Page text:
Hashmall said “there was a lot of fiction I think that drove some of the thought process in this case,” referring to a report that the deputy who showed the photos at a bar was trying to impress a woman. Off-duty Deputy Joey Cruz had instead showed the photos to male bartender Victor Gutierrez, who’d been his friend for years and was someone he felt he could talk to about his traumatic experience at the crash site, Hashmall said.

“Deputy Cruz made a mistake,” Hashmall said. But, “It was a mistake. It was not a constitutional violation.”

She avoided mentioning the male stranger at the bar whom plaintiff attorneys say surveillance video shows clearly shown photos of the crash by Cruz but said the video shows Cruz was only looking at Instagram during the interactions.

“You see him double-tapping to look at the photos,” Hashmall said, which Bryant and Chester’s lawyers said was actually Cruz zooming in on body parts in a crash photo. She said Guiterrez’s jovial reactions were not him laughing at the photos but him trying to help a struggling friend.

“Victor has a great sense of humor, we saw it here,” Hashmall said. “He saw Cruz struggling,” she added, describing Gutierrez as “a grown man who admitted in a court of law that he cried” the day of the crash.

Those aren’t the actions of someone who would laugh at photos of the crash victims, she said. Hashmall also said the plaintiff attorneys’ focus on deputies and firefighters replacing their phones amid an investigation is “the biggest distraction of all” and dismissed testimony about all the other devices that can store photos but weren’t examined, such as laptop computers and tablets.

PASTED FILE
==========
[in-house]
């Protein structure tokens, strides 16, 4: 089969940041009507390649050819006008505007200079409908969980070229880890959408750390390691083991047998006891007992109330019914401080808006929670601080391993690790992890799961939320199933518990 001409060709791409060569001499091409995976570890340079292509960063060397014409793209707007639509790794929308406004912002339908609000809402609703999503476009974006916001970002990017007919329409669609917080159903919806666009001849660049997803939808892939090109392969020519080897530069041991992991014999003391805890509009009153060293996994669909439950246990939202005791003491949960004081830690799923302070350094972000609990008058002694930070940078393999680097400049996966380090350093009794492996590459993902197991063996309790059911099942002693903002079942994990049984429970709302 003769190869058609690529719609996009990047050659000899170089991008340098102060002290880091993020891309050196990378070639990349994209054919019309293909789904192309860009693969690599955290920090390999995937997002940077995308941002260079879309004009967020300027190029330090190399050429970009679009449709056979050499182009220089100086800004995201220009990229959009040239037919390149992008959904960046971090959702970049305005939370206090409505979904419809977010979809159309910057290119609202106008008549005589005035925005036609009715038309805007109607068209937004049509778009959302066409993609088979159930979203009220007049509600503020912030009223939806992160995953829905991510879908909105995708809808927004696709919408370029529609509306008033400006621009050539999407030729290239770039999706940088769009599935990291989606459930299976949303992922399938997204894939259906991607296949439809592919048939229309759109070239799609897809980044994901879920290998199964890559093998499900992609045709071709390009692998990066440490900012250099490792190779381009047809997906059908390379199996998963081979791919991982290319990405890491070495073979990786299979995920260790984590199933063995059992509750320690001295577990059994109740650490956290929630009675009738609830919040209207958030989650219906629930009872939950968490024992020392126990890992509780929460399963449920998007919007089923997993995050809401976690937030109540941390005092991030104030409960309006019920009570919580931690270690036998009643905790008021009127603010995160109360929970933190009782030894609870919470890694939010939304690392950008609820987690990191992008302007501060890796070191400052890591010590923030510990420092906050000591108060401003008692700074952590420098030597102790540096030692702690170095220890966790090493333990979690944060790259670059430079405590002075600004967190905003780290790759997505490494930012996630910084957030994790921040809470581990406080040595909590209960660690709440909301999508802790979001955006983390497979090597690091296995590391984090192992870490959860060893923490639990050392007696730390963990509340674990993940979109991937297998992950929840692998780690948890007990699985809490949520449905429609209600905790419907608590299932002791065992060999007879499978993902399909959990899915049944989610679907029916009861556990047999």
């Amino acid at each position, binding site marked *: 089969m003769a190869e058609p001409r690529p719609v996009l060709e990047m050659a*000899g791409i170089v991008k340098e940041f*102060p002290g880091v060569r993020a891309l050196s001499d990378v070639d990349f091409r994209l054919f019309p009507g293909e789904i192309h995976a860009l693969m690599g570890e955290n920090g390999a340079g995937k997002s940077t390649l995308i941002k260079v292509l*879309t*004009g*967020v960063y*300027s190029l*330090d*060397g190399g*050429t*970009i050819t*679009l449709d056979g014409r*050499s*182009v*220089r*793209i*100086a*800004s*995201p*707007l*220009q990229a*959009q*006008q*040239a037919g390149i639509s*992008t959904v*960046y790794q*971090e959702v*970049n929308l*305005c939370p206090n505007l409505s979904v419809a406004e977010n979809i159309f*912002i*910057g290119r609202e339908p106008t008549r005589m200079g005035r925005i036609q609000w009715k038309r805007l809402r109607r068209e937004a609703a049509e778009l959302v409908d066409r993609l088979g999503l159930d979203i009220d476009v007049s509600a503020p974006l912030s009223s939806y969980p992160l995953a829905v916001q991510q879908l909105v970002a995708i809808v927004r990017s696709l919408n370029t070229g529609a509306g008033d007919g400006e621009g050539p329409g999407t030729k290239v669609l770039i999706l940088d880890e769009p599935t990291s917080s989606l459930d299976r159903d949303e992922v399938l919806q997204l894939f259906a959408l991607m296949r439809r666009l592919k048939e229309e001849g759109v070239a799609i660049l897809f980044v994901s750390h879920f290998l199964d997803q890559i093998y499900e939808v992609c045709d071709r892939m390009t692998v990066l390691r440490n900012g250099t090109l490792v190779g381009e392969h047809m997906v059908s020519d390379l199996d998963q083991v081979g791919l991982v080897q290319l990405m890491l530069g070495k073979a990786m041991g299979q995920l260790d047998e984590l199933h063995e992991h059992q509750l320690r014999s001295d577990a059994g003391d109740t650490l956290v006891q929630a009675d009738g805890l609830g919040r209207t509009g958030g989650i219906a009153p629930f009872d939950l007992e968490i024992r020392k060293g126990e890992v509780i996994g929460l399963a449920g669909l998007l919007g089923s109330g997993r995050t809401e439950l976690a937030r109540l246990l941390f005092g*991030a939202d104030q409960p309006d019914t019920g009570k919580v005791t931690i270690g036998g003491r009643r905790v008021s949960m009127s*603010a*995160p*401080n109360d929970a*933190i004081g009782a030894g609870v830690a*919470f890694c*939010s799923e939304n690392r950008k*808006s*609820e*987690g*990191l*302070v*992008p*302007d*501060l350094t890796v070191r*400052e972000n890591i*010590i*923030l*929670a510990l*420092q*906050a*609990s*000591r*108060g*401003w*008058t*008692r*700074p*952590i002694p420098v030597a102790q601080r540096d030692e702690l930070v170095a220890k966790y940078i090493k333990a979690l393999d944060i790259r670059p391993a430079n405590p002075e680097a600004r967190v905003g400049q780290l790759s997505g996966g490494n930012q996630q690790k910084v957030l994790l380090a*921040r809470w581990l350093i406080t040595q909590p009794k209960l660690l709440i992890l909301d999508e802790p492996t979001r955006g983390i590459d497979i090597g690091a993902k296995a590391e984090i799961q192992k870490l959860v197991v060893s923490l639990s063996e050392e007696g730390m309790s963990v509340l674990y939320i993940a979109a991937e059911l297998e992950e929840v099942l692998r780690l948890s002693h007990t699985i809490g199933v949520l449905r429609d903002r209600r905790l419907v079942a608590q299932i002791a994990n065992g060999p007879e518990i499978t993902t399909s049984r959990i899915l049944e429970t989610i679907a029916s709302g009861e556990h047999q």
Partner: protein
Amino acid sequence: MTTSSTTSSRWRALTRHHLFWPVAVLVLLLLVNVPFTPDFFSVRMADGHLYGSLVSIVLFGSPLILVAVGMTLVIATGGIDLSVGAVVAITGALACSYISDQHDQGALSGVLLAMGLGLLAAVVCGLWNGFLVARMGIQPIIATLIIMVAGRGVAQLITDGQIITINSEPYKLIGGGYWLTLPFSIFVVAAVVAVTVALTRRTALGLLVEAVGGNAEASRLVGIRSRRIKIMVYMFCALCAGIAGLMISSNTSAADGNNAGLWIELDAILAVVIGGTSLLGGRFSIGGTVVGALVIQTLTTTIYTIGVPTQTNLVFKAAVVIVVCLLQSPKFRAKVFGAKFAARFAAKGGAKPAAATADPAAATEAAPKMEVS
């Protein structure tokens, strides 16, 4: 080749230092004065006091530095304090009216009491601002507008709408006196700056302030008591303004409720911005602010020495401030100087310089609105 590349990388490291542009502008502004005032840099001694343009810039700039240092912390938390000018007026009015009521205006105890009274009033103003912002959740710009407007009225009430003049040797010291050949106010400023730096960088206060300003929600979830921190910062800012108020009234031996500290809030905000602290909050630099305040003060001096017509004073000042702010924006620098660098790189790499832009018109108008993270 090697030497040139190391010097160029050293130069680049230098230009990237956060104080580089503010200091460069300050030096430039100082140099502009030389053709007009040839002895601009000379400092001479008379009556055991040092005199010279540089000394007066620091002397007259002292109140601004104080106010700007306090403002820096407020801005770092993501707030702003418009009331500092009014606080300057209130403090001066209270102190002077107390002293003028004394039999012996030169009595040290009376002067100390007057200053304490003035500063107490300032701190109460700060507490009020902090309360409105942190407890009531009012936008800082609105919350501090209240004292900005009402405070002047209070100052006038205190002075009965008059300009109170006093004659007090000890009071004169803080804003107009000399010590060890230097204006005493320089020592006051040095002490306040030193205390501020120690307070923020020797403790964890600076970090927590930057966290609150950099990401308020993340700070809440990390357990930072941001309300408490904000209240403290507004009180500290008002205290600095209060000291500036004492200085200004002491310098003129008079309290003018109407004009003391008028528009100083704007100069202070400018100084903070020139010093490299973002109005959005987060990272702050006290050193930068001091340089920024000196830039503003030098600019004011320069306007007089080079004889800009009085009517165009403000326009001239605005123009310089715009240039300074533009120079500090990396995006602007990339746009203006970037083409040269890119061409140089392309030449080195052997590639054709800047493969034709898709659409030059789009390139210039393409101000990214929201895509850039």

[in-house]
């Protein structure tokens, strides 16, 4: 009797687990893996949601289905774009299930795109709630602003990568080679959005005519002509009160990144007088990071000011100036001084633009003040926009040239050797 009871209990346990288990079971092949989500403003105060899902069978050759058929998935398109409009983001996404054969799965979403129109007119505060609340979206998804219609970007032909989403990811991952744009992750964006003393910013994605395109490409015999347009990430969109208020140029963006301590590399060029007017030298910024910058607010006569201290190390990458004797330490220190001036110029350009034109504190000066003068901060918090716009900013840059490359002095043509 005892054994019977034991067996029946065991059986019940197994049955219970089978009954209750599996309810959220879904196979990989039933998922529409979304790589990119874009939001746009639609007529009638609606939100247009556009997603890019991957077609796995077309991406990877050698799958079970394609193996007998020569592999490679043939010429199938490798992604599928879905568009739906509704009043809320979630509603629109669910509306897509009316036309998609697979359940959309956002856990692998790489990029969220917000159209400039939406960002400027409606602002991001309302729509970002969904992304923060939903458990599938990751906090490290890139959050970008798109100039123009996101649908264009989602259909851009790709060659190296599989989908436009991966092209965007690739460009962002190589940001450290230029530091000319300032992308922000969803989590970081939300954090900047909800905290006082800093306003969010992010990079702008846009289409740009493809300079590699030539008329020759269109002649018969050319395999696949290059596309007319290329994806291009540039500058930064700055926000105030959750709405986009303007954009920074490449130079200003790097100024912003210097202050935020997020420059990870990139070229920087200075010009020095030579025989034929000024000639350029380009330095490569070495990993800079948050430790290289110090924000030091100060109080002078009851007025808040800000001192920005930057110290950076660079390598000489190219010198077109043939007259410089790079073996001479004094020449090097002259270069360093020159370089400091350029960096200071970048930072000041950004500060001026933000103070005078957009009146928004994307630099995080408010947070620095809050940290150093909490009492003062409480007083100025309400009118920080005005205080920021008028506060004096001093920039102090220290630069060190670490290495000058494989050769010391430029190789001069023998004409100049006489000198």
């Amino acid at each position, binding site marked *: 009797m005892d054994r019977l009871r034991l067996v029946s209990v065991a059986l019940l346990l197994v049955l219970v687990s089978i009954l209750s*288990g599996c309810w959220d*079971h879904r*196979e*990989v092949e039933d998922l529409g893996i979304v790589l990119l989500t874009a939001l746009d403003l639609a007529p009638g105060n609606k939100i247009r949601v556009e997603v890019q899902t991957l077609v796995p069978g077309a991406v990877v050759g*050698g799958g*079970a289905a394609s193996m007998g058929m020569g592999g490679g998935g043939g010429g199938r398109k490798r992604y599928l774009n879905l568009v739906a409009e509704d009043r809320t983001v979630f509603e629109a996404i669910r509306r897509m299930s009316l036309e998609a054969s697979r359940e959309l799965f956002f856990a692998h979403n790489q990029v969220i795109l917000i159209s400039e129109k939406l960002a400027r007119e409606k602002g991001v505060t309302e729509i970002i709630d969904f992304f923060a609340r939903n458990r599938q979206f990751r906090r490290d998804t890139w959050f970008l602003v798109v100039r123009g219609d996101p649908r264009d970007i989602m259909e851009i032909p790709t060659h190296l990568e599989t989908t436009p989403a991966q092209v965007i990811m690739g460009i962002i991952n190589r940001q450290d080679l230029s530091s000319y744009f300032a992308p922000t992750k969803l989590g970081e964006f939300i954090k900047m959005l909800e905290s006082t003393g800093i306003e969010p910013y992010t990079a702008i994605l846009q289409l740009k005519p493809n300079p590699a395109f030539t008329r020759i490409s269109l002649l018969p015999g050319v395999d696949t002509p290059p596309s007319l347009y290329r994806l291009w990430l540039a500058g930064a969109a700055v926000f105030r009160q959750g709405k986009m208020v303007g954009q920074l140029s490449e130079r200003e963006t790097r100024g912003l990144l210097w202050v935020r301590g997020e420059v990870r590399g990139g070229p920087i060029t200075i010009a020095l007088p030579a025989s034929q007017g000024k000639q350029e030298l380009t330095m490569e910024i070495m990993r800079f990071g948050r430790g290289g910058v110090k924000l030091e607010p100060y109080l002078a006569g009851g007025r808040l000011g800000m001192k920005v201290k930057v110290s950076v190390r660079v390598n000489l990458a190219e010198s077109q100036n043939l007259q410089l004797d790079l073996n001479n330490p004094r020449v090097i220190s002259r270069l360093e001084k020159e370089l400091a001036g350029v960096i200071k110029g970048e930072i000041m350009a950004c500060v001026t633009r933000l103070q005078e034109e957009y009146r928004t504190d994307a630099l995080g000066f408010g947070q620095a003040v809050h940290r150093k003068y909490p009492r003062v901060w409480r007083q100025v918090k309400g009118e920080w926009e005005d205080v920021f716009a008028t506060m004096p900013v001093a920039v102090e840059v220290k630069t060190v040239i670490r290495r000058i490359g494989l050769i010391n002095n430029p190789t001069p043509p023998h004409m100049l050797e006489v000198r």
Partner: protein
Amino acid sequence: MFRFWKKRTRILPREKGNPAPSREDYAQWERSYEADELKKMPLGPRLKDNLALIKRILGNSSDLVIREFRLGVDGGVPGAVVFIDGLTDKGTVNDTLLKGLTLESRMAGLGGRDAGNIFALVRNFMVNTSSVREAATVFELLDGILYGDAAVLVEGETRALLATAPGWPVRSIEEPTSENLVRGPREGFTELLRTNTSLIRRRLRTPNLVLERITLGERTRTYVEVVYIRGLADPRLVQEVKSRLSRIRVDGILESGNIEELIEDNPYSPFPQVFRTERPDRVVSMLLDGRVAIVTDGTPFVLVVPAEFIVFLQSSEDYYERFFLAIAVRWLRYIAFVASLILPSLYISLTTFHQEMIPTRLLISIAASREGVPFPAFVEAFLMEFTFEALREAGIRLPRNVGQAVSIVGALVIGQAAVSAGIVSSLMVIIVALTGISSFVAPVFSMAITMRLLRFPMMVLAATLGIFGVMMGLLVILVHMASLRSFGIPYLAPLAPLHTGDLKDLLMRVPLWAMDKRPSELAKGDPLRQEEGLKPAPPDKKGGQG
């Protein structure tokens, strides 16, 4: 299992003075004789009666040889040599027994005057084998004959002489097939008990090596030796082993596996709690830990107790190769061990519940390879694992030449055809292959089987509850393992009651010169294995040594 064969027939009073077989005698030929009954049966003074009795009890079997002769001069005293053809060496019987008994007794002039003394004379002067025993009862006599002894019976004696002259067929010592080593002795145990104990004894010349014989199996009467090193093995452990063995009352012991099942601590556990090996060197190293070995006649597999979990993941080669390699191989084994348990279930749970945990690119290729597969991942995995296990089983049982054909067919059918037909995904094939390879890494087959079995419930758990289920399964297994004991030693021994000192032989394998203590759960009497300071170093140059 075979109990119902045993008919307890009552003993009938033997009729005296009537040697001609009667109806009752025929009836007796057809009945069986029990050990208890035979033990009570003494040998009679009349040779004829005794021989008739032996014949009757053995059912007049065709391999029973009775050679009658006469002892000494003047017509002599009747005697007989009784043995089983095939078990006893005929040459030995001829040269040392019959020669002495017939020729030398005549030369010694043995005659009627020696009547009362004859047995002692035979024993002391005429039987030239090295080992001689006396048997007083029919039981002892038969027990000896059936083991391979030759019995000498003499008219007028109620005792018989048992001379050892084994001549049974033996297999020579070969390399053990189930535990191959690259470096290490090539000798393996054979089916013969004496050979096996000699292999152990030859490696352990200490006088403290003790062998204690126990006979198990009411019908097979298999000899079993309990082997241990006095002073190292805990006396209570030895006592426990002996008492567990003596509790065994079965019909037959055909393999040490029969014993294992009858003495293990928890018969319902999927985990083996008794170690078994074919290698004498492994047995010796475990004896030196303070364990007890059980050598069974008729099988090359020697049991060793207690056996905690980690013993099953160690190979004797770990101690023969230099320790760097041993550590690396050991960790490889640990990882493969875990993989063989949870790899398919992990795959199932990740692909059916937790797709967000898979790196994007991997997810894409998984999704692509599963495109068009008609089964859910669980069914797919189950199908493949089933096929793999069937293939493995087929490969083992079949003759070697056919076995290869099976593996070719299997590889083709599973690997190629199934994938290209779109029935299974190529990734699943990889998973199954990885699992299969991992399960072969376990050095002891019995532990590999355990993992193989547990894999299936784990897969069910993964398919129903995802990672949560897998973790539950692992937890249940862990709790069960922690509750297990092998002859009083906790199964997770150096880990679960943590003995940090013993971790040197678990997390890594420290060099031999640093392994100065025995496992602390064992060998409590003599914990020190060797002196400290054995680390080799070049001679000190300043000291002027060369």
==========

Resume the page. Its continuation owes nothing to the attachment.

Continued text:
Hashmall emphasized that first responders didn’t lug laptops and tablets up the mountain to the crash site, though plaintiff attorneys’ point regarding them is that county employees could have transferred the photos to the devices away from the crash site. She also dismissed a recording of Sheriff Alex Villanueva and Chief Jorge Valdez lying to a Los Angeles Times reporter who asked them about a citizen complaint about photos being shared in a bar, telling jurors, “It doesn’t matter how the sheriff’s personnel dealt with a reporter at a press conference.”

She also avoided questioning the truthfulness of Luella Weireter, who testified that she saw fire Capt. Tony Imbrenda sharing the photos as entertainment during a gala and heard Capt. Sky Cornell make a crass comment about having seen a photo of Kobe Bryant’s body. Imbrenda and Cornell both denied under oath that the discussion about the photos was inappropriate, and Hashmall said the conflicting testimony isn’t because of false statements but because of humans remember situations differently.

“We’re so grateful that she came forward, but she can’t prove the plaintiffs’ claims,” Hashmall said. She said investigations undertaken by the sheriff and fire departments aren’t “the behavior of an agency that’s indifferent,” nor is there any evidence of a widespread practice within the departments of misusing photos of deceased people.